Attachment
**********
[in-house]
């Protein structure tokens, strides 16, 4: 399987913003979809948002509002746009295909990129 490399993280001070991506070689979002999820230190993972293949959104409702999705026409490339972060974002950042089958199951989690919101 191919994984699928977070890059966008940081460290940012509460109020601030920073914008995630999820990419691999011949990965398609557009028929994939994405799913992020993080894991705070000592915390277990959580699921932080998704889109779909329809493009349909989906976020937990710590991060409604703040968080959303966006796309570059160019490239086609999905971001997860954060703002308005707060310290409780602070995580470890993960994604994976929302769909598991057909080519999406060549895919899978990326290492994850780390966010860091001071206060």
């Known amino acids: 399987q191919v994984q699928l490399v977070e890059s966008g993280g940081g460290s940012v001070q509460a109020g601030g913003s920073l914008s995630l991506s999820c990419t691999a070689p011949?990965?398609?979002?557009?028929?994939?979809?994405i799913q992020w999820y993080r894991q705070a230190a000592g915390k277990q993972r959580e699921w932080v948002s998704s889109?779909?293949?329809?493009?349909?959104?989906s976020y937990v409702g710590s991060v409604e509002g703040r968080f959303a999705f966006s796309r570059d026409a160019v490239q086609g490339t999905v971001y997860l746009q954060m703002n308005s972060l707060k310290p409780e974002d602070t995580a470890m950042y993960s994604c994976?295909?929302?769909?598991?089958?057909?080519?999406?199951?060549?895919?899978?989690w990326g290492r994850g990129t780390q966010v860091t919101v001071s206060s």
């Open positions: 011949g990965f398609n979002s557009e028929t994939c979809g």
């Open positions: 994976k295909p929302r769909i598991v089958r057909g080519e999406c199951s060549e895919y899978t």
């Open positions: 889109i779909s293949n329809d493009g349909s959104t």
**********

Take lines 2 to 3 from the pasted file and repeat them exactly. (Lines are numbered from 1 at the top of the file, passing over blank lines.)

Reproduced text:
């Protein structure tokens, strides 16, 4: 399987913003979809948002509002746009295909990129 490399993280001070991506070689979002999820230190993972293949959104409702999705026409490339972060974002950042089958199951989690919101 191919994984699928977070890059966008940081460290940012509460109020601030920073914008995630999820990419691999011949990965398609557009028929994939994405799913992020993080894991705070000592915390277990959580699921932080998704889109779909329809493009349909989906976020937990710590991060409604703040968080959303966006796309570059160019490239086609999905971001997860954060703002308005707060310290409780602070995580470890993960994604994976929302769909598991057909080519999406060549895919899978990326290492994850780390966010860091001071206060």
């Known amino acids: 399987q191919v994984q699928l490399v977070e890059s966008g993280g940081g460290s940012v001070q509460a109020g601030g913003s920073l914008s995630l991506s999820c990419t691999a070689p011949?990965?398609?979002?557009?028929?994939?979809?994405i799913q992020w999820y993080r894991q705070a230190a000592g915390k277990q993972r959580e699921w932080v948002s998704s889109?779909?293949?329809?493009?349909?959104?989906s976020y937990v409702g710590s991060v409604e509002g703040r968080f959303a999705f966006s796309r570059d026409a160019v490239q086609g490339t999905v971001y997860l746009q954060m703002n308005s972060l707060k310290p409780e974002d602070t995580a470890m950042y993960s994604c994976?295909?929302?769909?598991?089958?057909?080519?999406?199951?060549?895919?899978?989690w990326g290492r994850g990129t780390q966010v860091t919101v001071s206060s």